Vol. 5 Num 568 Sat. December 31, 2005  

Int'l team to review Iraqi polls results
Opposition, US, UN welcome move

An international team agreed Thursday to review Iraq's parliamentary elections, a decision lauded by Sunni Arab and secular Shia groups who have staged repeated protests around Iraq complaining of widespread fraud and intimidation.

Meanwhile, The New York Times reported Friday that American commanders are planning to boost the number of soldiers advising Iraqi police commando units. The report, which cited an unidentified senior commander in Iraq, said the aim was to curtail abuse that Iraqi units are suspected of inflicting on Sunni Arabs.

Under the plan the number of advisers working with the Iraqi units would be greatly expanded. The advisers themselves would be under the command of American officers.

Gunmen killed 12 members of an extended Shia family near Latifiyah, a Sunni Arab-dominated town about 30km south of Baghdad. Police said the men were taken from their homes, packed into a minivan and shot.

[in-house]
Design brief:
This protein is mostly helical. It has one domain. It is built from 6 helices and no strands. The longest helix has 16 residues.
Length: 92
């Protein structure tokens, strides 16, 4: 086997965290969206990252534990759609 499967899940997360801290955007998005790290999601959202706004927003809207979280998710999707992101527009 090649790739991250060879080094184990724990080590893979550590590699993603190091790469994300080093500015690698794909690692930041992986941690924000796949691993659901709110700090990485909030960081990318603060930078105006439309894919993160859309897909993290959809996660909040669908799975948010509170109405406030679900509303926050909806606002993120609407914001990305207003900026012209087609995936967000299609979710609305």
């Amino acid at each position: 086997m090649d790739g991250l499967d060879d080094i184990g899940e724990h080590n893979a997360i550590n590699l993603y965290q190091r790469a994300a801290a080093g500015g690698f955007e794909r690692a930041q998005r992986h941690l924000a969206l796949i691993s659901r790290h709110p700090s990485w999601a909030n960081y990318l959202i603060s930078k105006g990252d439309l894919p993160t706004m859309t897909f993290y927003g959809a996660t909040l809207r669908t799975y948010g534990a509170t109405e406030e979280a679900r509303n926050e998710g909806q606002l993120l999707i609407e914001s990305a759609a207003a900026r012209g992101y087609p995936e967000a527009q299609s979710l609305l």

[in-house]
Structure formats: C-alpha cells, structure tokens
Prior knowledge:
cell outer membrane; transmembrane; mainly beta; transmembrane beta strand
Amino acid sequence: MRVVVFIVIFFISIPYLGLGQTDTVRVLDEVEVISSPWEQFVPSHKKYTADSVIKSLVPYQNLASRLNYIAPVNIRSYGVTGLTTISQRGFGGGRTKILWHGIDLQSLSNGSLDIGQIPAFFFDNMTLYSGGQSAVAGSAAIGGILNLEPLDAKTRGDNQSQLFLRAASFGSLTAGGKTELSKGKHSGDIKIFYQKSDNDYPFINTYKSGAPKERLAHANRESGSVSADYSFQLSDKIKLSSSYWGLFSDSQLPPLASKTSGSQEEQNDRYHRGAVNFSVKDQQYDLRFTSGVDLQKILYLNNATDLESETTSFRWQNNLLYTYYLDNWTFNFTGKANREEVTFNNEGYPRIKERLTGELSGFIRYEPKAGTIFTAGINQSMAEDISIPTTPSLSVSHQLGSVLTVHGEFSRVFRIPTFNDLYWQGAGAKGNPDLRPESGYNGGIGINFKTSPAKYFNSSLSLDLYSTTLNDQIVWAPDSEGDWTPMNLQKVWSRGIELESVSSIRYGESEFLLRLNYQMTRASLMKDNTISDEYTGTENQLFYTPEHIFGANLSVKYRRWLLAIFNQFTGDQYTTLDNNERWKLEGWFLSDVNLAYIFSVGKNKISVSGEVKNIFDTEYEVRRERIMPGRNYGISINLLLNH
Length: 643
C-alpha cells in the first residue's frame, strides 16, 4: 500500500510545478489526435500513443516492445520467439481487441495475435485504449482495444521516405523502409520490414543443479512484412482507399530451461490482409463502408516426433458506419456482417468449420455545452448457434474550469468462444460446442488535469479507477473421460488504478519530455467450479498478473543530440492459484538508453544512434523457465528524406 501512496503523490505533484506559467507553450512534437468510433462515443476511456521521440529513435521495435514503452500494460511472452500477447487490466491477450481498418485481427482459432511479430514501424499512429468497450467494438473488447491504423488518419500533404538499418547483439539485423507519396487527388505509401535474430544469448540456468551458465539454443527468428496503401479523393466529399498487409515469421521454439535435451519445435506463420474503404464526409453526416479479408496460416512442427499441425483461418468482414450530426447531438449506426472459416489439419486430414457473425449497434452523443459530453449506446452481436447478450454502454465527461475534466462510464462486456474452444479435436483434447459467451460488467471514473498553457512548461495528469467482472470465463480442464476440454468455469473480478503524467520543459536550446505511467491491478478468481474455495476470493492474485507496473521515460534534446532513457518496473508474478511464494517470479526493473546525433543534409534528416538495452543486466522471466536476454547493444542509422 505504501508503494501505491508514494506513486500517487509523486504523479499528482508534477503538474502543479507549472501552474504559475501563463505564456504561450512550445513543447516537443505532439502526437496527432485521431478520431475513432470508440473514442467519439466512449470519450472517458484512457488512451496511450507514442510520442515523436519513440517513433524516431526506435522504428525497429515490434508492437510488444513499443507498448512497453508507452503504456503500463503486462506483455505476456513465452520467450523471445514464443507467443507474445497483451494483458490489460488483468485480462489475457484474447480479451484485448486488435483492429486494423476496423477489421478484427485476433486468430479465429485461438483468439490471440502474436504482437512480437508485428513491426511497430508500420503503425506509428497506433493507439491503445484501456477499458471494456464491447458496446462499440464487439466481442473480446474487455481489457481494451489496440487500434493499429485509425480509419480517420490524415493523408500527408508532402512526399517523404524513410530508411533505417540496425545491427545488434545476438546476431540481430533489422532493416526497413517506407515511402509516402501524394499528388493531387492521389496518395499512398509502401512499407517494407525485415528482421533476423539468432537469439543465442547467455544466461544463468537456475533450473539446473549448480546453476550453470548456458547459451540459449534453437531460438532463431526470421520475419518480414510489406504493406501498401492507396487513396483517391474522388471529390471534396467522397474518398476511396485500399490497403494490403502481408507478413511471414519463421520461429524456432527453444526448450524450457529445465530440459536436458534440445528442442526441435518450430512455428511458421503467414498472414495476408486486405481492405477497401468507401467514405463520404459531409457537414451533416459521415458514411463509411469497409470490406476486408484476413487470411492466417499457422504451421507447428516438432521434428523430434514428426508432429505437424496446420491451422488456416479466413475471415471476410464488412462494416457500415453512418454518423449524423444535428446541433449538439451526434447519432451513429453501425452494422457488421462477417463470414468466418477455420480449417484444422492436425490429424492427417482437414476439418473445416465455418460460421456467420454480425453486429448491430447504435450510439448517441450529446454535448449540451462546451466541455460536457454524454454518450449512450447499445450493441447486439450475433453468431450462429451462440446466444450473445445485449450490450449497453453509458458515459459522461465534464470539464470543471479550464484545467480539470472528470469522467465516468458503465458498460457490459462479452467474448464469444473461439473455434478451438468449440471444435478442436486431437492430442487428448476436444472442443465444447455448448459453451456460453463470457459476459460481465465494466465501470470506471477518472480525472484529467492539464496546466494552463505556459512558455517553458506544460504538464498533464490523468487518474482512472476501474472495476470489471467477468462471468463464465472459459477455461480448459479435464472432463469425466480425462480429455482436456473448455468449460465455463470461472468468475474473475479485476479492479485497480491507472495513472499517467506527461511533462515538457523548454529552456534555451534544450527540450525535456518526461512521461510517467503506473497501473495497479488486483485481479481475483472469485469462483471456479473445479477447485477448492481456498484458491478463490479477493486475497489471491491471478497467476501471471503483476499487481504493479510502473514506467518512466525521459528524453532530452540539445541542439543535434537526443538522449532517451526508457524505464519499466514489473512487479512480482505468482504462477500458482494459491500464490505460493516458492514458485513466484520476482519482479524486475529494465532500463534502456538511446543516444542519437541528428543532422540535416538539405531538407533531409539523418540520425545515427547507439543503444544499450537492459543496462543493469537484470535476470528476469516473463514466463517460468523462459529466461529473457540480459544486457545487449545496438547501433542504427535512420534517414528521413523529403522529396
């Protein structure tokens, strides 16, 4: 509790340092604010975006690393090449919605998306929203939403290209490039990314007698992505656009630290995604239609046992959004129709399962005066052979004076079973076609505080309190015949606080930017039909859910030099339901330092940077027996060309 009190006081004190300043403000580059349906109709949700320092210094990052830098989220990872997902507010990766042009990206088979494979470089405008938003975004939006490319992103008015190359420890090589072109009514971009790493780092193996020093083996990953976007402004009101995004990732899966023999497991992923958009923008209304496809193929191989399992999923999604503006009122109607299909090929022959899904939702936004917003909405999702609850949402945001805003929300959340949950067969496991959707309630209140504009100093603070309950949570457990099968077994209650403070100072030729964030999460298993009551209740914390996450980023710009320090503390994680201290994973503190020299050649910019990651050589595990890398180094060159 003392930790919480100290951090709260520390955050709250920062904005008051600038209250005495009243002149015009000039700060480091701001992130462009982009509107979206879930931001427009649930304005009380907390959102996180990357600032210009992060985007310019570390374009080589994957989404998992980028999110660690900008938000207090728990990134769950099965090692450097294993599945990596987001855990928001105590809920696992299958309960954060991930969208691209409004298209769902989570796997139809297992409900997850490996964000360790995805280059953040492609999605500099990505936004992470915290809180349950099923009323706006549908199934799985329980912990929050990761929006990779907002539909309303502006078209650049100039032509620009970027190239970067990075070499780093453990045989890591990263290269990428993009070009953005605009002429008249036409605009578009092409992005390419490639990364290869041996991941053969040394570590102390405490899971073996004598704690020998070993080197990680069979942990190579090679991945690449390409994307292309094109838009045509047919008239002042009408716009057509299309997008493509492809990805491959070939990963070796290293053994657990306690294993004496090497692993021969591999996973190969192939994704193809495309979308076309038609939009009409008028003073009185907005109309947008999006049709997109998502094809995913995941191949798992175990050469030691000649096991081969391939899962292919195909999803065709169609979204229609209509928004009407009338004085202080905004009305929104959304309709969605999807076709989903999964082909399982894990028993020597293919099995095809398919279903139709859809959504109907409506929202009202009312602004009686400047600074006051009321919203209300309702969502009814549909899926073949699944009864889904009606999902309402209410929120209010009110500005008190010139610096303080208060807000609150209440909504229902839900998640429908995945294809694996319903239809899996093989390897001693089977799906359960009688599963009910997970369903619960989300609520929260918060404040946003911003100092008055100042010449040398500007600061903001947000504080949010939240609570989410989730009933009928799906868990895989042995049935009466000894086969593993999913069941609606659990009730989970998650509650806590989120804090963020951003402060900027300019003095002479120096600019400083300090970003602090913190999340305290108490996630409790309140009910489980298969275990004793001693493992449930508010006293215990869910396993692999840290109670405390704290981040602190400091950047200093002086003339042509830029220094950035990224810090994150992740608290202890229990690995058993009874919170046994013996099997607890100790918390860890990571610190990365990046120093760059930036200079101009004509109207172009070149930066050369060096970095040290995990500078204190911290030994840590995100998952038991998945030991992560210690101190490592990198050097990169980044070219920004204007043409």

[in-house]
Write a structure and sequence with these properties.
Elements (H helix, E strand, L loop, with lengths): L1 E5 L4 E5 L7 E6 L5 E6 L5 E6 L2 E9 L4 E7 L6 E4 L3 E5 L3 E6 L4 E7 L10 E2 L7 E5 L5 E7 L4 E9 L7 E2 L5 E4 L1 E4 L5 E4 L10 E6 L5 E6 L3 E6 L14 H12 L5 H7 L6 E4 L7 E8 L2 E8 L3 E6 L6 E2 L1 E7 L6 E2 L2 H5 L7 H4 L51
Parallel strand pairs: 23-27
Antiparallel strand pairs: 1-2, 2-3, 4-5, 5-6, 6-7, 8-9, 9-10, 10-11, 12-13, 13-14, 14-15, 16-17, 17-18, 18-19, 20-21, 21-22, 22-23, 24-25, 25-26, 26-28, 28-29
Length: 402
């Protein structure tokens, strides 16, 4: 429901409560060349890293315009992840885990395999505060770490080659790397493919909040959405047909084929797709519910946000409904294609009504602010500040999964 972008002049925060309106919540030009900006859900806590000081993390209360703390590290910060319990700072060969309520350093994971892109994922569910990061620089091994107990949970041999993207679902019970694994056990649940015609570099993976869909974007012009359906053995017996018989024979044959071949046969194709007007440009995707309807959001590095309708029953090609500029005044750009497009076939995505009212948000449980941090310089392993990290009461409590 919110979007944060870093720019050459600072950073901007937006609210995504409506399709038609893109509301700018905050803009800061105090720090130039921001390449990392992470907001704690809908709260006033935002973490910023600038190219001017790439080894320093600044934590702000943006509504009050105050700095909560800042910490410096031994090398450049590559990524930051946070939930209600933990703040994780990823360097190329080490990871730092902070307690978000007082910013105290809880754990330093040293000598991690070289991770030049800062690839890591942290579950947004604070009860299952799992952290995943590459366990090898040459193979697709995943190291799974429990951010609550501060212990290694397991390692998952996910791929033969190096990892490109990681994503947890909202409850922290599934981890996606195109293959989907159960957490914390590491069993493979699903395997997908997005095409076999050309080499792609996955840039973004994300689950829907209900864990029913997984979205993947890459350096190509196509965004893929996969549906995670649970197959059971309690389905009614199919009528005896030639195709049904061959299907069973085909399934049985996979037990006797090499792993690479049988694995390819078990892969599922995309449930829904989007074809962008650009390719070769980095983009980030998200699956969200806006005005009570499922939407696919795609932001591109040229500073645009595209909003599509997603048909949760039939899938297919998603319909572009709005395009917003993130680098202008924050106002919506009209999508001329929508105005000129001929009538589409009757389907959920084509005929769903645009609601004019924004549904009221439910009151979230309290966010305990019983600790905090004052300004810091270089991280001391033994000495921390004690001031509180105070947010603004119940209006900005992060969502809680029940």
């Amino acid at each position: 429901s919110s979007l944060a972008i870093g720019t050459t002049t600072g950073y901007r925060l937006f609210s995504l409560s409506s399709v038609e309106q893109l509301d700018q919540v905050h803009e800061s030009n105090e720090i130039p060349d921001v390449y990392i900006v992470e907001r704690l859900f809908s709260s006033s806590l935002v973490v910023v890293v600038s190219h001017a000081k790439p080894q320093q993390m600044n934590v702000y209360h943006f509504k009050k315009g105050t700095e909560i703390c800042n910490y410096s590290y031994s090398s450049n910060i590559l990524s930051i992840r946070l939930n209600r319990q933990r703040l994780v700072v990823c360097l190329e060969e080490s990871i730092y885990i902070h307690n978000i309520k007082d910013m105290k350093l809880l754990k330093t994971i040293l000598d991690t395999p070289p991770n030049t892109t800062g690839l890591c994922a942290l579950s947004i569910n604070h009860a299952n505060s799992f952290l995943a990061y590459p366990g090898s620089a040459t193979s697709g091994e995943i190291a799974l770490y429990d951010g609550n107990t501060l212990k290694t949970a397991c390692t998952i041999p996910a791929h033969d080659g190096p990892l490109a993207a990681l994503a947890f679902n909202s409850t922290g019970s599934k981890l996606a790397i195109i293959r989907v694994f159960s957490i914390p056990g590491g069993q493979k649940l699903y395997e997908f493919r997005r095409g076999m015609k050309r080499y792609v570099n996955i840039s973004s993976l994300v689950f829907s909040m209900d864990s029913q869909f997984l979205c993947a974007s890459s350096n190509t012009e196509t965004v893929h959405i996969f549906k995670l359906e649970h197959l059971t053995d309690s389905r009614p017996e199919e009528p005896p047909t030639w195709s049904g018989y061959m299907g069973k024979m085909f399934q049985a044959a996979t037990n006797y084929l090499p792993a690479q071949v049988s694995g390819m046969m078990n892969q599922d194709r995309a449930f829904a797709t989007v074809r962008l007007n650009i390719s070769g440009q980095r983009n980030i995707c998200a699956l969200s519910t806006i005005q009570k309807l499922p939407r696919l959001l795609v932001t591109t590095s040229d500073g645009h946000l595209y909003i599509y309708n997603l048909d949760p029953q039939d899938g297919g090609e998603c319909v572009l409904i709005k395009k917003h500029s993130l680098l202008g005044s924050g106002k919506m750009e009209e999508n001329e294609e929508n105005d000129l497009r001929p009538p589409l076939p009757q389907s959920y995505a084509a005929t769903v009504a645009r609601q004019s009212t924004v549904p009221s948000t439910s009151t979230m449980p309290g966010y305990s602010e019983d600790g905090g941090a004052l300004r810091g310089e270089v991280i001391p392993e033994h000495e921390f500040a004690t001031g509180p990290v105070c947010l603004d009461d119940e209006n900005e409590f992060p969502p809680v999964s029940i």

The decision by the Intern-ational Mission for Iraqi Elections to send a team of assessors should help placate opposition complaints of ballot box rigging and mollify those groups who felt their views were not being heard, especially among hardline Sunni Arab parties.

"It is important that the Iraqi people have confidence in the election results and that the voting process, including the process for vote counting, is free and fair,' US Ambassador Zalmay Khalilzad said.

He added that "these experts will be arriving immediately and we are ready to assist them, if needed."

The team was coming despite a UN observer's endorsement of the Dec. 15 vote, which gave the Shia religious bloc a big lead in preliminary returns. The observer, Craig Jenness, said Wednesday that his team which helped the Iraqi election commission organise and oversee the poll found the elections to be credible and transparent.

Sunni Arabs and secular Shias rejected Jenness' findings, saying their concerns which included political assassinations before the elections were not addressed.

There have been about 1,500 complaints lodged against the elections, including about 50 serious enough to alter the results in some districts. The overall result, however, was not expected to change.

On Thursday, the United Nations said it had encouraged Iraq's electoral commission to get more outside observers involved in the process, and Secretary-General Kofi Annan welcomed the participation of the International Mission for Iraqi Elections, his spokesman Stephane Dujarric said.